Six hours on the cross are followed by an assortment of events which bridge Mark’s story from the cross to the empty tomb. The body of Jesus is moved from the cross to a tomb. The Romans permit it, a Sanhedrin member does it, and some female disciples witness it. But is this text simply a narrative bridge or does it also function to say something significant about the reality of the kingdom of God?
The male disciples are absent. Peter, James and John are nowhere to be seen in Mark’s Gospel at this point. They have disappeared from the narrative. The ones who walked with Jesus, ministered with Jesus, and said they would die with him are missing.
But who is present? A Roman centurion….some women…one of the Temple authorities. This is all counter-intuitive and the great reversal embedded here testifies that the kingdom of God is yet a living reality in the wake of the death of Jesus.
The Roman centurion confesses, “Truly this man was the Son of God!” This confession is, admittedly, perplexing. What does he mean by “Son of God”? How could he confess such a thing at the foot of the cross that bears the body of the “Son of God”?
Seeing the difficulty, some think the centurion is sarcastic. But this misses the narrative link. Just as Mark’s Gospel began with the confession that Jesus is the “Son”–by God (2:11; 9:7) and the demons (3:11; 5:7). It is particularly significant to see that this Roman soldier–a representative of imperial power–confesses Jesus as “Son of God” in concert with other representatives of the “powers,” that is, the demons. In other words, the powers recognize the presence of God in the death of Jesus. His confession, as one sworn to loyalty to the Emperor who is also called “son of God,” acknowledges the divine royalty of Jesus. The soldier’s confession is a piece of the ongoing tension between Caesar and Jesus, and here it functions as a bookend with the demonic confessions in chapter one. The powers recognize the King!
In particular, the Roman soldier saw something in the way Jesus died that evidenced the reality of the kingdom. Mark notes that the soldier was “facing” (standing opposite) Jesus when he breathed his last. He saw the look on Jesus’s face and heard his last cry. There was something about this moment that evoked this confession from an imperial soldier. The reality of the kingdom of God was evident even in the death of Jesus. Perhaps he heard the triumphal last cry and saw the trusting face of Jesus. We don’t know, but the way Jesus died moved this imperial soldier to confess, along with the demons, the reality of the kingdom of God in Jesus.
That reality is also evident in the presence of the women. The narrator painstakingly calls attention to the devotion of these women–the three and “many others.” While the male disciples are missing, the female disciples are not. They “followed and ministered” to Jesus, and they continue to do so. They followed Jesus to his cross and then to his tomb, and even in death they intended to minister to him when they came to the tomb on Sunday morning.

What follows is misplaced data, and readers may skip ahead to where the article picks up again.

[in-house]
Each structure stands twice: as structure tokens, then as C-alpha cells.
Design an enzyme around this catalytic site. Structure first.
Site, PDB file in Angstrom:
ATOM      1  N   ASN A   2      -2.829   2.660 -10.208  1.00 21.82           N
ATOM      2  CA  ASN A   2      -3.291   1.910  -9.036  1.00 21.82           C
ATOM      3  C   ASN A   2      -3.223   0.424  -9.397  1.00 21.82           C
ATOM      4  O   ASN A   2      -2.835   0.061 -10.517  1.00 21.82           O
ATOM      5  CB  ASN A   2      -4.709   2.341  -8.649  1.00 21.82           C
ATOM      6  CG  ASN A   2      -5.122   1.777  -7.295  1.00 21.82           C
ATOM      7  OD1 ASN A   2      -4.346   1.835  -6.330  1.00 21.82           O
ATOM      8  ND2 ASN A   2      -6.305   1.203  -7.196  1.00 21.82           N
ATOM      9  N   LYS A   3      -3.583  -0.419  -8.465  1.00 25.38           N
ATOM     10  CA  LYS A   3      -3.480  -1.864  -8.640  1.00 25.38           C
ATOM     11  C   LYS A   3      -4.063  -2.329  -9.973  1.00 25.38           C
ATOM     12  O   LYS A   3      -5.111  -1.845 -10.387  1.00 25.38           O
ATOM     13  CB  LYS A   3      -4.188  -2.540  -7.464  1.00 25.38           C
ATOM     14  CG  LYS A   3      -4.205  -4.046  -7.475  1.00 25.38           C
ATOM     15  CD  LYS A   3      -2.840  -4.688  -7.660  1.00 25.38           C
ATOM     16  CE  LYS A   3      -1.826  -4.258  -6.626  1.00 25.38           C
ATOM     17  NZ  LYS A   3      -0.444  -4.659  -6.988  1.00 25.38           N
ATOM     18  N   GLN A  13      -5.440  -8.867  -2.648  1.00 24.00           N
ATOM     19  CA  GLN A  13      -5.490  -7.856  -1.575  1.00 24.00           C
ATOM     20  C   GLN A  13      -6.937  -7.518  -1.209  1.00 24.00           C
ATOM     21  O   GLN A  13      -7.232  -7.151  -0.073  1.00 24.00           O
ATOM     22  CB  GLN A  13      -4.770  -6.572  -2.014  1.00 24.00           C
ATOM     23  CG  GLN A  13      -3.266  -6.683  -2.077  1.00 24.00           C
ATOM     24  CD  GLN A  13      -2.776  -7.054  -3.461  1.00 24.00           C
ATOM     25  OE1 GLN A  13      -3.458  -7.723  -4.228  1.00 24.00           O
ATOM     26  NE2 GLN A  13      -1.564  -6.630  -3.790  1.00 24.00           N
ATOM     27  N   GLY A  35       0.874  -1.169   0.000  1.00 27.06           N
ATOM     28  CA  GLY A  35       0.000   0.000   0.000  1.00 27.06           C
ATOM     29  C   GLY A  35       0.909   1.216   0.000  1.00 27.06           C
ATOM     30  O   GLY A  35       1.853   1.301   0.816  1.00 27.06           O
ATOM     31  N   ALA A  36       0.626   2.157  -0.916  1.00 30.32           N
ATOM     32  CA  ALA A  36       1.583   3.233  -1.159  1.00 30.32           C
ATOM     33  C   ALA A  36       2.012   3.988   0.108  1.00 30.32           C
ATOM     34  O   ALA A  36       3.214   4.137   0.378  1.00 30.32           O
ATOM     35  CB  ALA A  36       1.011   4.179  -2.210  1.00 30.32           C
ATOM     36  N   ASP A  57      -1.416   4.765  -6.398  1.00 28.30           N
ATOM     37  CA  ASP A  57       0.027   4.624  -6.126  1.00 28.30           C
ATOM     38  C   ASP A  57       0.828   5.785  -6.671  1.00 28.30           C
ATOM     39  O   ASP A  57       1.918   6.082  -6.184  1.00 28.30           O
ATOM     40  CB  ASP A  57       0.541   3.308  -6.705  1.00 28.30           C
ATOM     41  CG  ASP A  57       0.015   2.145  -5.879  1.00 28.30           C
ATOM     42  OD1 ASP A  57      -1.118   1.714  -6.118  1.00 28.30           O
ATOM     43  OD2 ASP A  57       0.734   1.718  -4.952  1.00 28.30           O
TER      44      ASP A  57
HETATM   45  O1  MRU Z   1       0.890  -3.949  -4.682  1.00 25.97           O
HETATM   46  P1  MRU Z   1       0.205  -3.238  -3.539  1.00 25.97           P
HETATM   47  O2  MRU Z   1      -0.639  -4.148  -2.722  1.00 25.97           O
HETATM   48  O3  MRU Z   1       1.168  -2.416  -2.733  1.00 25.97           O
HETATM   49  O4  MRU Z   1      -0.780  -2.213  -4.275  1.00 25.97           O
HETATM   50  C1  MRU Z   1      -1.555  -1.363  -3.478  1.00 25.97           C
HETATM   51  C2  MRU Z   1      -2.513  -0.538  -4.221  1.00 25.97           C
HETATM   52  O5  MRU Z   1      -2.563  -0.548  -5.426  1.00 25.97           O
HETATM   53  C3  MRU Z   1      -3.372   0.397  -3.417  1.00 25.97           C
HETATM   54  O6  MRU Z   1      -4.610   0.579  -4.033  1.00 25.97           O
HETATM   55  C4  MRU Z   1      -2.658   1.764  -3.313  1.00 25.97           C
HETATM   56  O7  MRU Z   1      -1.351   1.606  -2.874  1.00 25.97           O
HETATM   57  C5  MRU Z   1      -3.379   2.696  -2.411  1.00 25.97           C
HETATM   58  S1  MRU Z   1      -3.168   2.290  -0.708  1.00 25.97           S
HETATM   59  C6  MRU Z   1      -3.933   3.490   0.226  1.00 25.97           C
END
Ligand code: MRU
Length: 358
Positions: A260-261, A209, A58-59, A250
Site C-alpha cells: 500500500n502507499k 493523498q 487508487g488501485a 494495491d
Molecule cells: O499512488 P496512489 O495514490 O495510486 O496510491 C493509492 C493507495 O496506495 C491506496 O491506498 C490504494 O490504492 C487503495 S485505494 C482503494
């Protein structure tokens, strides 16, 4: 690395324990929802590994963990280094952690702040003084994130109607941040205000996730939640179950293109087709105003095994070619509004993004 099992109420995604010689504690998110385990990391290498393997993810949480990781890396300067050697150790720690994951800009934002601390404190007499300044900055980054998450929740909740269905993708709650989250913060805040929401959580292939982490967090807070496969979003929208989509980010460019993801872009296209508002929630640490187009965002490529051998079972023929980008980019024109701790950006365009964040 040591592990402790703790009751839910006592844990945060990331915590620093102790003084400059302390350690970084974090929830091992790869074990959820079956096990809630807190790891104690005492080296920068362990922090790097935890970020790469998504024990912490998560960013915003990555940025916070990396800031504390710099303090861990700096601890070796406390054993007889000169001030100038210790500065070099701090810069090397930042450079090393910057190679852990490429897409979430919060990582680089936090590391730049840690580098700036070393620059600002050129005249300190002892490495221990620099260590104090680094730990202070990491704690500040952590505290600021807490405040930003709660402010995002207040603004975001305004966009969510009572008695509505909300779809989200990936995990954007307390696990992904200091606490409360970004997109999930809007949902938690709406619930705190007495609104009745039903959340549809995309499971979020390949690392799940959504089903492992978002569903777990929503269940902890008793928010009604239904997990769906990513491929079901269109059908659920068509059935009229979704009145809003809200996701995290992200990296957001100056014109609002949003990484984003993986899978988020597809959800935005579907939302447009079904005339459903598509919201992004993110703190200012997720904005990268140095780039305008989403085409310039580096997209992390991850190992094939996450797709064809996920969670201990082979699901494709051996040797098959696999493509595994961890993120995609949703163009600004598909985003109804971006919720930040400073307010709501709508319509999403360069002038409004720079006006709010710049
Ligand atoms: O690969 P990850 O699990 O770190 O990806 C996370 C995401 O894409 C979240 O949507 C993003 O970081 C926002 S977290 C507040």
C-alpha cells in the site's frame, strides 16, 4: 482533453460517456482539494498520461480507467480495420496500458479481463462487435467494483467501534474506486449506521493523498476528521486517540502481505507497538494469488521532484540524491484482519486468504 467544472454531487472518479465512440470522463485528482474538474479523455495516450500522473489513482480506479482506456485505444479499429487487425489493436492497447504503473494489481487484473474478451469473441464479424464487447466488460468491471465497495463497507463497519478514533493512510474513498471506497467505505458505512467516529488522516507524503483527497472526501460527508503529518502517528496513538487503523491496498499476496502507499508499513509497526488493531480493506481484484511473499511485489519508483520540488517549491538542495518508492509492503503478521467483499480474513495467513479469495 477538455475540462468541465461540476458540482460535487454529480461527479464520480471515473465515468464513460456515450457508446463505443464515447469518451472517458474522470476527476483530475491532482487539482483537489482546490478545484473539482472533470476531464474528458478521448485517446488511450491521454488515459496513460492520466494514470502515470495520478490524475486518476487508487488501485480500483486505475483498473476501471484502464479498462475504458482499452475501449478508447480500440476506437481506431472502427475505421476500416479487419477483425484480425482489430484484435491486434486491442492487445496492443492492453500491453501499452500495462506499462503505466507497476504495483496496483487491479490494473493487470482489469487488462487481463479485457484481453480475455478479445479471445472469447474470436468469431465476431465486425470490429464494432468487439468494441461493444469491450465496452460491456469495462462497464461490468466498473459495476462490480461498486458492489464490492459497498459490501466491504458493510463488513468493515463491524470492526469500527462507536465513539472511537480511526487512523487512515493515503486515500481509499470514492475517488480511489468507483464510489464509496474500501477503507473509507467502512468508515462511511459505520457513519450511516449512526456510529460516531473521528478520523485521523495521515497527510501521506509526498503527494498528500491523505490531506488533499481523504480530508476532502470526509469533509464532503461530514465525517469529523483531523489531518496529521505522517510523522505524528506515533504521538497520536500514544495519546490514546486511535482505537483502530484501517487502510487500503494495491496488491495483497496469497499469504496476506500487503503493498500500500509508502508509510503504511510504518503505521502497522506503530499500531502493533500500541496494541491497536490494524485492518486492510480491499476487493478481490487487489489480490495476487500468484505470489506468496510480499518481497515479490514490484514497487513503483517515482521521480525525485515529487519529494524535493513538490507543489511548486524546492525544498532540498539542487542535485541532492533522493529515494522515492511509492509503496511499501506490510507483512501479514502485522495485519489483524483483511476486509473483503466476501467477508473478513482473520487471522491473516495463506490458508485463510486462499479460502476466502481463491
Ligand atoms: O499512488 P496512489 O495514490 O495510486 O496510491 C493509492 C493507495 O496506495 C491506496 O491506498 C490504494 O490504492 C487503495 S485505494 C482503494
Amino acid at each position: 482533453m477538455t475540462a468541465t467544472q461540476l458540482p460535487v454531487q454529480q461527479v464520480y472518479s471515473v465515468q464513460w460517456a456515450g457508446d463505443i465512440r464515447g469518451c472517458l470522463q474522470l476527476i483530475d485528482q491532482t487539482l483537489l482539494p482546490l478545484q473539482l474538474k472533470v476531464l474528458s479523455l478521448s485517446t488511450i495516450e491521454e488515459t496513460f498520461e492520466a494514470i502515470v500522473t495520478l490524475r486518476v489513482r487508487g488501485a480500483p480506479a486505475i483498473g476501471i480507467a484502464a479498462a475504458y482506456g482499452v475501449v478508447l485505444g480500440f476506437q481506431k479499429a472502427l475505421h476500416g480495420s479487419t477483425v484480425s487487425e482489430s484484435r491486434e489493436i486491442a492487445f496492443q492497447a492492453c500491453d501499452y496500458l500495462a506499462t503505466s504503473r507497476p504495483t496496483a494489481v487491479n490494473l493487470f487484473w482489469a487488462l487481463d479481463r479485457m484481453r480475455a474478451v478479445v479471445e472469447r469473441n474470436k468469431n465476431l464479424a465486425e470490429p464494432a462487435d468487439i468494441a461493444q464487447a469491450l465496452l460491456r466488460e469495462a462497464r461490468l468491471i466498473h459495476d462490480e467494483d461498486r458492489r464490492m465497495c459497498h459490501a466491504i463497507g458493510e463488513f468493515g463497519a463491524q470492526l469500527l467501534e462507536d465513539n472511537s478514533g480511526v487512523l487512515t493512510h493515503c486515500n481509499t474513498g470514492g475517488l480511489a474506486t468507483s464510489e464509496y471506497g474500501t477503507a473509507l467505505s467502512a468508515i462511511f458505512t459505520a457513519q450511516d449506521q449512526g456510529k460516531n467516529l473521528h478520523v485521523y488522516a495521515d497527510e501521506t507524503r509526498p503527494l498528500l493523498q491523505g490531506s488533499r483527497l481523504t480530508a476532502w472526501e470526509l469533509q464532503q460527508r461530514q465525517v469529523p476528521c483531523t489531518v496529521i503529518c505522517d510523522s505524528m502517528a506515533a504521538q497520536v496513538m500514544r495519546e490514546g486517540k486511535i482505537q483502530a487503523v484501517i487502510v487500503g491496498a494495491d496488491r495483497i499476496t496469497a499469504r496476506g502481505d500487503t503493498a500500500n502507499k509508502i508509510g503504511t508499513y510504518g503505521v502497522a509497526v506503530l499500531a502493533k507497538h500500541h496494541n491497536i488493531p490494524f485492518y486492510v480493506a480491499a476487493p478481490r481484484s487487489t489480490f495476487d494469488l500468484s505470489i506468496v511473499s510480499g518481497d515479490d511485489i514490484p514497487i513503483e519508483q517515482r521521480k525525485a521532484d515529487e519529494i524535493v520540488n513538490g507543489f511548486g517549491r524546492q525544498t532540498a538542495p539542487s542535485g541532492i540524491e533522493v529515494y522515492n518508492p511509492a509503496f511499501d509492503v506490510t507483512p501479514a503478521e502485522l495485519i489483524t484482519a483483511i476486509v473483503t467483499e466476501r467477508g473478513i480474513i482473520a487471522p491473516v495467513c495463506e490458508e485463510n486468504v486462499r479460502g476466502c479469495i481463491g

The presence of the women as followers and ministers (they “deaconed” Jesus) might have been read by some Greco-Romans as an embarrassment. Perhaps it was a sign of Jesus’s weakness that only female disciples were present at his death. Perhaps it simply a narrative technique to evoke mourning for the death of jesus. I think it is more. It is a demonstration of the kingdom of God that women–culturally marginalized and neglected–follow Jesus to the cross and are the first at the tomb. Cross and resurrection are attended to by female disciples rather than the Twelve.
The Sanhedrin was complicit in the imperial action against Jesus. Indeed, they started the ball rolling and led him to Pilate. The “powers”–the forces arrayed against the kingdom of God–are present not only in Rome but in the Sanhedrin (Temple authorities) itself.
However, just as a Roman centurion confessed for the imperial powers the reality of the kingdom of God in Jesus, so now a council member named Joseph from Arimathea confesses, by his actions, that he also sees the reality of the kingdom in Jesus. Joseph represents a reversal. Though the Temple authorities had no more courage to interrogate Jesus in the Temple courts (Mark 12:34), Joseph has the courage to ask for the body of Jesus from the imperial power (Mark 15:43). Joseph, as one who was waiting for the kingdom of God rather than rejecting the stone like others (waiting and rejecting are from the same root, Mark 12:10 and Mark 15:43), requested the body of Jesus from Pilate. This act was a way of “receiving the kingdom” (Mark 10:15; same root as “waiting” and “rejecting”). It was a loving act, much like when the woman anointed Jesus for his burial in Mark 14.
The “powers” executed Jesus, but in the wake of his death “the powers” also recognize his identity. An imperial soldier confesses that Jesus is the Son of God and a member of the Sanhedrin buries Jesus with loving respect and honor. Disciples–women!–witnessed this. The kingdom of God is not dead; its reality is present even in the death and burial of Jesus. And it is about to break the bonds of death itself.